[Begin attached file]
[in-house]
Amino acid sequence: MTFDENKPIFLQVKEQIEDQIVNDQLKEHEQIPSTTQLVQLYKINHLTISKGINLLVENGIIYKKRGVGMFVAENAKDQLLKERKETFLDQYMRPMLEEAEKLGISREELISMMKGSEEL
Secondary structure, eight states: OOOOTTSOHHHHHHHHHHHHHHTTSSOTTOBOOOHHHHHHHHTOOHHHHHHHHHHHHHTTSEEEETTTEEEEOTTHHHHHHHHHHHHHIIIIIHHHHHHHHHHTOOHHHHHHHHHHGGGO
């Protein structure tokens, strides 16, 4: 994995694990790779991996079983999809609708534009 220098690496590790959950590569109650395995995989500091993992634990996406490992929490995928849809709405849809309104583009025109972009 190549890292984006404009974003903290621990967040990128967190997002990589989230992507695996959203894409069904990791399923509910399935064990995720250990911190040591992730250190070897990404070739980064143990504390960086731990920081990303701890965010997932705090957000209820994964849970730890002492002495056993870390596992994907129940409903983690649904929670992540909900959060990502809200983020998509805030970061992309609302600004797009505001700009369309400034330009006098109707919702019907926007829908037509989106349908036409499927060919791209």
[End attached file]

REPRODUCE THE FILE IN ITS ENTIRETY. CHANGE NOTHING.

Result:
[in-house]
Amino acid sequence: MTFDENKPIFLQVKEQIEDQIVNDQLKEHEQIPSTTQLVQLYKINHLTISKGINLLVENGIIYKKRGVGMFVAENAKDQLLKERKETFLDQYMRPMLEEAEKLGISREELISMMKGSEEL
Secondary structure, eight states: OOOOTTSOHHHHHHHHHHHHHHTTSSOTTOBOOOHHHHHHHHTOOHHHHHHHHHHHHHTTSEEEETTTEEEEOTTHHHHHHHHHHHHHIIIIIHHHHHHHHHHTOOHHHHHHHHHHGGGO
């Protein structure tokens, strides 16, 4: 994995694990790779991996079983999809609708534009 220098690496590790959950590569109650395995995989500091993992634990996406490992929490995928849809709405849809309104583009025109972009 190549890292984006404009974003903290621990967040990128967190997002990589989230992507695996959203894409069904990791399923509910399935064990995720250990911190040591992730250190070897990404070739980064143990504390960086731990920081990303701890965010997932705090957000209820994964849970730890002492002495056993870390596992994907129940409903983690649904929670992540909900959060990502809200983020998509805030970061992309609302600004797009505001700009369309400034330009006098109707919702019907926007829908037509989106349908036409499927060919791209």